Men among boys: the characteristics, qualifications and academic impact of male kindergarten teachers in America Public Deposited

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  • March 20, 2019
  • Rose, Jason
    • Affiliation: School of Education
  • This research examined the influence of teacher gender and teacher gender-related characteristics on student reading achievement during the kindergarten year. Using a nationally representative sample of male and female kindergarten teachers and their students collected as part of the Early Childhood Longitudinal Study, Kindergarten Class of 1998-99, analytic methods were designed to address two specific issues. First, to consider whether male and female kindergarten teachers also differ significantly at the population level in terms of any other potentially important characteristics, such as gender-associated differences in demographic characteristics, educational qualifications, employment experience, or instructional practice tendencies. Second, to test whether teacher gender itself, or any such identified teacher gender-associated differences, are significantly associated with student achievement outcomes pertaining to reading growth over the kindergarten year. This was tested by incorporating teacher gender and gender-associated characteristic differences as covariates in a series of multilevel models designed to test each of these identified covariates for associations with student reading levels over the kindergarten year. Additional sample-restricted models were also tested to more specifically determine whether any identifiable aspect of having a male teacher could be supported as significantly benefiting kindergarten boys in terms of measurable reading achievement. Male kindergarten teachers were found to be younger (on average), less experienced, to have less formal training in early childhood education, and to be more likely to teach in either rural or urban schools and in half-day instructional settings. Population trends between male and female kindergarten teachers were not significantly different for any other areas of demographic characteristics or qualifications, and there was no evidence of any significant differences in instructional practices. Teacher gender was also not found to be significantly associated with kindergarten spring reading levels for either boys or girls. The most significant predictors of spring reading levels in this data were fall reading score, time lapse between assessments, student gender, student race/ethnicity, family SES, class type, and resident father status. Teacher gender did not, either alone or in interaction with student gender or other student characteristics, demonstrate any significant association with student end of year reading levels.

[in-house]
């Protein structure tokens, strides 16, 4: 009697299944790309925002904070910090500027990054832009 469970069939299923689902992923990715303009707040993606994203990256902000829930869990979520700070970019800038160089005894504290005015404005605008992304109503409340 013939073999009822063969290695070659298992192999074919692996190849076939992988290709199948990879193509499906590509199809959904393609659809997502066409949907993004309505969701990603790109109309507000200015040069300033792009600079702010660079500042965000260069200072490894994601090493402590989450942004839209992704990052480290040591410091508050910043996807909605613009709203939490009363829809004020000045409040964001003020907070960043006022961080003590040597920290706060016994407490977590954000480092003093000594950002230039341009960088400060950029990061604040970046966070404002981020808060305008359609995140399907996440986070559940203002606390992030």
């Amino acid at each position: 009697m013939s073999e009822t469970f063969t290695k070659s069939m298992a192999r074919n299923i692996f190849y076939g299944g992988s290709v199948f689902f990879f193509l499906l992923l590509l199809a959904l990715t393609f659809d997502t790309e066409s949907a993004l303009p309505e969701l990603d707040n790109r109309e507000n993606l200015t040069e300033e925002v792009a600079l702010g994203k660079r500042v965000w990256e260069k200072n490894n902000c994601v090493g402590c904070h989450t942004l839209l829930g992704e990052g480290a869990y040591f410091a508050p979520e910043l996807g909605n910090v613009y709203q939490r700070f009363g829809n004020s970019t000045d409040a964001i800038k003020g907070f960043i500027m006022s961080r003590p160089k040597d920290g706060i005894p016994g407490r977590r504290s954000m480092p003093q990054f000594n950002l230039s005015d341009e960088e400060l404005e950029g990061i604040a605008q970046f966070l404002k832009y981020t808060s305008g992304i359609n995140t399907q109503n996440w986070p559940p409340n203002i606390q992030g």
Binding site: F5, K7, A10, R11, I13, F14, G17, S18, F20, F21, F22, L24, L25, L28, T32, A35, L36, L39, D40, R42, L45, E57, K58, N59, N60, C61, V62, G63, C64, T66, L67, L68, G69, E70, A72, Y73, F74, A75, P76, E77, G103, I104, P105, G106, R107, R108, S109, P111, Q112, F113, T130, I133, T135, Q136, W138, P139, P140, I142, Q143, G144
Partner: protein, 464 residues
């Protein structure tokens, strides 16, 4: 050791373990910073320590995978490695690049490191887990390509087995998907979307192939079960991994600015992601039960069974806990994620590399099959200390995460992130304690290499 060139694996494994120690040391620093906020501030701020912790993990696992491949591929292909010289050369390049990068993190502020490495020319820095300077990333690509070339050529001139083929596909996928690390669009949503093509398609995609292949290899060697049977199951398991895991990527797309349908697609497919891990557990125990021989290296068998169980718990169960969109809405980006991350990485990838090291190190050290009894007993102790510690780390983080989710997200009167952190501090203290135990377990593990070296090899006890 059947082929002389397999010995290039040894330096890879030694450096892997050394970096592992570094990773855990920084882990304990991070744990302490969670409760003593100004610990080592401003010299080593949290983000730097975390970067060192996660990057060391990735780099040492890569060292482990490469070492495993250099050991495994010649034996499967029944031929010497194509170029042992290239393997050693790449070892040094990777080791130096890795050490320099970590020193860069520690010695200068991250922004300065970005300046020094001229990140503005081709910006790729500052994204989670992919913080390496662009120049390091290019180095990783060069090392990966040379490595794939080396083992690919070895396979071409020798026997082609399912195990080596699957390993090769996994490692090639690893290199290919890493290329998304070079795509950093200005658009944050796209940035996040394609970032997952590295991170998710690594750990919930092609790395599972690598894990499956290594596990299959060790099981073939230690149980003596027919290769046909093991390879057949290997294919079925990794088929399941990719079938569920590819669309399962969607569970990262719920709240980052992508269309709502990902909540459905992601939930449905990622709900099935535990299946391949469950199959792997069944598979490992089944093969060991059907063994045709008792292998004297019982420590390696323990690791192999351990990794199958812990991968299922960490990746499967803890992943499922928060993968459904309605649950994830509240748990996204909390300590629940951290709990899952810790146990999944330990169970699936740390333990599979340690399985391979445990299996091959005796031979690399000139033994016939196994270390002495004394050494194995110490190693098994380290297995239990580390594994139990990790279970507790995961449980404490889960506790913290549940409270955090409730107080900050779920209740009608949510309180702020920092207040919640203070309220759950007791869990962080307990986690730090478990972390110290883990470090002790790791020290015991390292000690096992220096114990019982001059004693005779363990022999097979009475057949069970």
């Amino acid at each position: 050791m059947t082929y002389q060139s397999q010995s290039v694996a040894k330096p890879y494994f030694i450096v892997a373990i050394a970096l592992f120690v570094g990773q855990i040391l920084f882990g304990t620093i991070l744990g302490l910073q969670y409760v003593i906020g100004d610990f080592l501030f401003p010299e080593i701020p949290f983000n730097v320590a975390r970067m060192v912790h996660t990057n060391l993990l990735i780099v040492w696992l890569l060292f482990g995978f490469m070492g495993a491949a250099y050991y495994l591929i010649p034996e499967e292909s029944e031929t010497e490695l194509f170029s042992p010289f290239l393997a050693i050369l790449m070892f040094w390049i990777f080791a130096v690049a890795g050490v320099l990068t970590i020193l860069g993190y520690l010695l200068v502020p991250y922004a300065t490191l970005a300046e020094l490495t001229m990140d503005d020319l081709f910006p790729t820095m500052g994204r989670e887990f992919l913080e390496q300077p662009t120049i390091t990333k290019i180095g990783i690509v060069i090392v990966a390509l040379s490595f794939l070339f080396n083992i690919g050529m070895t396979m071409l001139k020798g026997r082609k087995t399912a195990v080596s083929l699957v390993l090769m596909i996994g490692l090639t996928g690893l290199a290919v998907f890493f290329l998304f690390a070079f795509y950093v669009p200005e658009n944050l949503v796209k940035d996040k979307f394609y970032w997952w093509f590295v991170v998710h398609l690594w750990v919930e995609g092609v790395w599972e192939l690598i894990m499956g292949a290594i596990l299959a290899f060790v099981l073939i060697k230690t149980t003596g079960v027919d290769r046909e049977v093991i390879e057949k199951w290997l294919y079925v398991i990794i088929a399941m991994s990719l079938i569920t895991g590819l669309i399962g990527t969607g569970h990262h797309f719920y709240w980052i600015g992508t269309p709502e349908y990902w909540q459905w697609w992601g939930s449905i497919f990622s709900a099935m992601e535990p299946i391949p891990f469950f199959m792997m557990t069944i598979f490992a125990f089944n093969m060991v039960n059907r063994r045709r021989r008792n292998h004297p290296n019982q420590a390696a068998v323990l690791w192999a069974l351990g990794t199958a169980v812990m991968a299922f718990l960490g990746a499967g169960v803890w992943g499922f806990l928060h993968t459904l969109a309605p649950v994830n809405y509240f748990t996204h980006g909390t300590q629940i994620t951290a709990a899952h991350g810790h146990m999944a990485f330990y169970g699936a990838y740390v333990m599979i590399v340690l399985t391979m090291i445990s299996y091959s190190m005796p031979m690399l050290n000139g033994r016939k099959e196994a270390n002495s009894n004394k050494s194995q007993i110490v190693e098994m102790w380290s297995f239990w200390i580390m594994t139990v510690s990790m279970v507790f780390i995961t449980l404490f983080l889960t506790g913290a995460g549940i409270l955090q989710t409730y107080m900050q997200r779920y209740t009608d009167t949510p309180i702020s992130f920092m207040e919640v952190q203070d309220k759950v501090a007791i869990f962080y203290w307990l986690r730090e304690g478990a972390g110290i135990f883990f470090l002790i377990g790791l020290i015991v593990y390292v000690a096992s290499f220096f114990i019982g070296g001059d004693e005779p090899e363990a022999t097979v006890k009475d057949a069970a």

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  • In Copyright
  • Vernon-Feagans, Lynne
  • Open access

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